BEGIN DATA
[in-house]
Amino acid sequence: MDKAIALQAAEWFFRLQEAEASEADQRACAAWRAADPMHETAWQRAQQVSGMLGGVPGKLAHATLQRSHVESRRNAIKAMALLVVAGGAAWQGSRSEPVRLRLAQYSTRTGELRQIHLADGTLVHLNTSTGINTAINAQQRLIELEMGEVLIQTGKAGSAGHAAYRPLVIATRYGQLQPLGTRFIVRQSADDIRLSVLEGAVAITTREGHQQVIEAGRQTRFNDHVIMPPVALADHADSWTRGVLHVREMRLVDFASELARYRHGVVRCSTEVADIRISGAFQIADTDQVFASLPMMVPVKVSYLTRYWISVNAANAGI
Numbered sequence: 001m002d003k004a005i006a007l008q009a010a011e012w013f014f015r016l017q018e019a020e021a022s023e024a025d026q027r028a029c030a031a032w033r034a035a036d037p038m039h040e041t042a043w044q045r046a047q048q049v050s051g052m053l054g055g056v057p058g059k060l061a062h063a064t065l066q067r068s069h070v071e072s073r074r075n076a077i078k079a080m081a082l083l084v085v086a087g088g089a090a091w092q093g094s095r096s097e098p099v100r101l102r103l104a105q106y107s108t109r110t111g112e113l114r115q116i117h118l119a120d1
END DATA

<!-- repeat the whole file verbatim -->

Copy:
[in-house]
Amino acid sequence: MDKAIALQAAEWFFRLQEAEASEADQRACAAWRAADPMHETAWQRAQQVSGMLGGVPGKLAHATLQRSHVESRRNAIKAMALLVVAGGAAWQGSRSEPVRLRLAQYSTRTGELRQIHLADGTLVHLNTSTGINTAINAQQRLIELEMGEVLIQTGKAGSAGHAAYRPLVIATRYGQLQPLGTRFIVRQSADDIRLSVLEGAVAITTREGHQQVIEAGRQTRFNDHVIMPPVALADHADSWTRGVLHVREMRLVDFASELARYRHGVVRCSTEVADIRISGAFQIADTDQVFASLPMMVPVKVSYLTRYWISVNAANAGI
Numbered sequence: 001m002d003k004a005i006a007l008q009a010a011e012w013f014f015r016l017q018e019a020e021a022s023e024a025d026q027r028a029c030a031a032w033r034a035a036d037p038m039h040e041t042a043w044q045r046a047q048q049v050s051g052m053l054g055g056v057p058g059k060l061a062h063a064t065l066q067r068s069h070v071e072s073r074r075n076a077i078k079a080m081a082l083l084v085v086a087g088g089a090a091w092q093g094s095r096s097e098p099v100r101l102r103l104a105q106y107s108t109r110t111g112e113l114r115q116i117h118l119a120d1